Although it’s little over 12 months ago, the image of the PM shuffling up to his lectern to inform the country of a nationwide lockdown is still a memory fresh in peoples’ minds.
There’s no denying the events of 2020 and reaction to the Covid-19 pandemic have left a lasting mark on the UK’s socio-economic landscape. Fundamentally, business and industry have been compelled to evolve and adapt in order to survive.
Construction and manufacturing, although not as hard hit as many other sectors, has seen a marked change in approaches and priorities. In light of this sea change, we have invited a host of construction and building product professionals to offer their perspectives of a Covid-dominated year past, and their thoughts on the upcoming business year ahead.
The pandemic has affected the construction industry across the globe in different ways. While the sector has certainly faced its challenges, our customers from the UK to the UAE, Ireland to Australia, have proven to be resilient, with the use of technology playing a big part in the industry’s steady recovery.
Digital project management, design collaboration and field-based tools allow teams to work together and update clients without the need for site visits. This has encouraged both social distancing and better time management, which, in an increasingly digitalised world, is likely to continue long after the pandemic. – Tom Boland, Global Head of Digital Construction, Zutec
A Breath of Fresh Air
“The COVID-19 Pandemic hit the commercial construction sector hard, evidenced by the mass exodus from in-office to at-home working. However, we’re starting to see the green shoots of recovery emerge and a returning confidence, borne out by last week’s encouraging ONS figures which showed an encouraging, if conservative, uptick in output. ”
“What will certainly change is the environment we work in. The last year has seen a reappraisal of layout, particularly to limit any risk to worker welfare through future virus outbreaks. ”
“Further, a firmer commitment to Net Zero 2050 means these reimagined spaces will need to be delivered in as an environmentally-friendly way as possible. As such, I think criteria such as good air quality through passive ventilation, fabric first, circular design and smart systems will become standard. Ultimately these modern methods will become a driving force behind commercial architecture, improving staff health, comfort and productivity, benefiting workforce and employer alike.” – Erik Boyter, CEO, WindowMaster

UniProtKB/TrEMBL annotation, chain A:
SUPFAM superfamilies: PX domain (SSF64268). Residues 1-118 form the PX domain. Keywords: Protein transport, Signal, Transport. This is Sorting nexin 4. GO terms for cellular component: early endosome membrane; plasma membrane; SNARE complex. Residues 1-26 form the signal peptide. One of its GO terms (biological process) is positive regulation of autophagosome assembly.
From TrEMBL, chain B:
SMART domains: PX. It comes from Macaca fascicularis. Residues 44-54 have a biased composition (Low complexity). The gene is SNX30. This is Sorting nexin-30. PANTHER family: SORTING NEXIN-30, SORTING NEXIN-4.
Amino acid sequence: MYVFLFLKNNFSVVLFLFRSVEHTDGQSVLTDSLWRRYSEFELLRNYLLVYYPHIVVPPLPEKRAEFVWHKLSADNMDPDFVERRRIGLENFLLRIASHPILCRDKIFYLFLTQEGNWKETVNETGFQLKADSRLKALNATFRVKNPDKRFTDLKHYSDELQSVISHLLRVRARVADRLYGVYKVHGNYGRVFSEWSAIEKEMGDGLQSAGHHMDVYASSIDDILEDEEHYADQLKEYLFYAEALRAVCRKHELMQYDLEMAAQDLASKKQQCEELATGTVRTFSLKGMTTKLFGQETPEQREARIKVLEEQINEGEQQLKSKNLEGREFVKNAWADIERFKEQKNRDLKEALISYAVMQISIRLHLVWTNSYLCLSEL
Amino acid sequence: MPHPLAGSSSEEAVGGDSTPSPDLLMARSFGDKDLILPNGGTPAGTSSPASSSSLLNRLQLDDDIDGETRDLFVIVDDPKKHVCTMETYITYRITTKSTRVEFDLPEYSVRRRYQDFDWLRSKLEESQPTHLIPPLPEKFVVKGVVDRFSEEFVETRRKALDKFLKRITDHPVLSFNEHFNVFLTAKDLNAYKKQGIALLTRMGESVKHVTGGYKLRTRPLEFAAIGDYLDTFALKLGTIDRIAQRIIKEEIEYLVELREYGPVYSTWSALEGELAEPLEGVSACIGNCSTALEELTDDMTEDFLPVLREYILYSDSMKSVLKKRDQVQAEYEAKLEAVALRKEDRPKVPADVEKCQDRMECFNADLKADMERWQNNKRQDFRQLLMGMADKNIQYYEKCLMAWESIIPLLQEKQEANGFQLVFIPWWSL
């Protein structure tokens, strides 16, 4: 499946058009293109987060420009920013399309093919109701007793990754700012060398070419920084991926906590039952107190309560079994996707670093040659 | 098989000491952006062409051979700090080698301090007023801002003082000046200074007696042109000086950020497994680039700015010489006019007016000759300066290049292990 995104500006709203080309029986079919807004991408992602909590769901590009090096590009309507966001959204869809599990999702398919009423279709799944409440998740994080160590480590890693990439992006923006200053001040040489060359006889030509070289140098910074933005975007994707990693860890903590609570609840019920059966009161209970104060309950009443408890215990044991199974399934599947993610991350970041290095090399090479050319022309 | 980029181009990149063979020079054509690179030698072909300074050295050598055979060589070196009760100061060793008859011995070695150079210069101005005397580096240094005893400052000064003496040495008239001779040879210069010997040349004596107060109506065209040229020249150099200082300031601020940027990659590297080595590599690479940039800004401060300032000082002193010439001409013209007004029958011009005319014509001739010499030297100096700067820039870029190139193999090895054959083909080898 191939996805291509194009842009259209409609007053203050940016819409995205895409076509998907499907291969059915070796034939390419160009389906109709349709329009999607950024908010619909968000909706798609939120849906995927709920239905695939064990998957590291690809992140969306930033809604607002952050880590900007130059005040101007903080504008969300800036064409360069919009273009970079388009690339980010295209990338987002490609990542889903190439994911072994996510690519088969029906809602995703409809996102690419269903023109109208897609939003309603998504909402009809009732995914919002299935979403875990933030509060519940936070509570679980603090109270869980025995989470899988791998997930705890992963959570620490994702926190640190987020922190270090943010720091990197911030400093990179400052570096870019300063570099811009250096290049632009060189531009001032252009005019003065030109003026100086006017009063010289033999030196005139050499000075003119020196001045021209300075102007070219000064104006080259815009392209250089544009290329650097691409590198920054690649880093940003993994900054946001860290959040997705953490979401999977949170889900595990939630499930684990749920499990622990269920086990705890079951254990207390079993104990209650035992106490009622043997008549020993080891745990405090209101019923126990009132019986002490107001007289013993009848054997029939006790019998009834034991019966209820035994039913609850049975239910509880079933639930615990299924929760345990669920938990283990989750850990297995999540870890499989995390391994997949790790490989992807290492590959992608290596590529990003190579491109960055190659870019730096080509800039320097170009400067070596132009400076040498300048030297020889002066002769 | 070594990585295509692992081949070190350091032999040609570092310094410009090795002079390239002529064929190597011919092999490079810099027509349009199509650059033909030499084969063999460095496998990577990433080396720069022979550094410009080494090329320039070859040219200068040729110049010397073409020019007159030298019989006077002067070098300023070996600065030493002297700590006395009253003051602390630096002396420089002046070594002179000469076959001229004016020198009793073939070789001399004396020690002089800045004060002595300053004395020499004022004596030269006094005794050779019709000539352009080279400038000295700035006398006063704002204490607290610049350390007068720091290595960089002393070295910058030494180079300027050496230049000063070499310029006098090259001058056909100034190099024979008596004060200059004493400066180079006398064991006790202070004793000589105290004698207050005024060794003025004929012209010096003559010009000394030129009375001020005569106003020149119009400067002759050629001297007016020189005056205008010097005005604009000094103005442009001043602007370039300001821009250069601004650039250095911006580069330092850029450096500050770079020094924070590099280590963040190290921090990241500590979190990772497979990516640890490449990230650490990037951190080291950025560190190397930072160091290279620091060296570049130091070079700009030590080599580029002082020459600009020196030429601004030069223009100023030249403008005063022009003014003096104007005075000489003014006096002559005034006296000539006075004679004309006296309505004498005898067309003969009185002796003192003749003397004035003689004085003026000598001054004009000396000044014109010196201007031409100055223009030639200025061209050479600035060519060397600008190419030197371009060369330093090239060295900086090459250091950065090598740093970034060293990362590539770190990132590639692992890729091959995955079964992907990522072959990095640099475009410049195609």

Firing the Mind
“The pandemic lockdown had a silver lining, it meant more built environment professionals were working at home and had time to upskill and increase their technical know-how. It opened a window of opportunity to raise fire protection awareness, a very topical issue against last year’s policy landscape.”
“Without commuting to work, face-to-face meetings, attending events and exhibiting at trade fairs, the construction industry had time to pause, reflect and properly prepare themselves for the fire safety regulation down the track. We’ve definitely registered an increasing understanding of fire prevention and protection during the specification process. This bodes well, not only for the industry, but the safety of a building’s end-user, owner or occupant.” – Ian King, COO, Zeroignition
Duty of Care
“While the past year has undoubtedly been challenging for the UK construction industry, the future looks promising. Increased space on sites due to public buildings being closed, and the adoption of new digital tools, have encouraged enhanced project collaboration and have made it so that construction companies such as ours can progress with work at a steady pace.”
“The pandemic has also further opened our eyes to our employees’, and our own, mental health, and has allowed us to find new and better ways to care for our collective wellbeing. Crucially, it has helped us to manage change and prepare for the unexpected, putting us in a good position for a summer bounce-back.” – Adrian Attwood, Executive Director, DBR Ltd
Powering-up the green agenda
“The Covid-19 pandemic has given society plenty of time and opportunity to think long and hard about pressing, global issues, particularly climate change and how we address it. The construction industry is no exception.”
“One area which will be a key focus is our energy infrastructure, particularly as reliance on green electricity, for both commercial and residential buildings, will increase exponentially. Current renewable capabilities are not enough and we need to start considering a wider range of alternatives to power a no-carbon UK. Tidal is one resource which has been woefully under-explored and my hope is that, as we work towards a more sustainable society we reappraise its potential to deliver consistent, reliable, clean energy.” – Stuart Murphy, Founder, TPGen24
Taking the above into account, it’s fair to say there’s a degree of cautious optimism in the air. Given the recent, encouraging ONS figures, it looks like a rebound is underway, particularly for commercial construction.
Given the buoyancy of some of the responses, we’ll be sure to check in with our respondents six months down the line to see if the sanguine mood persists.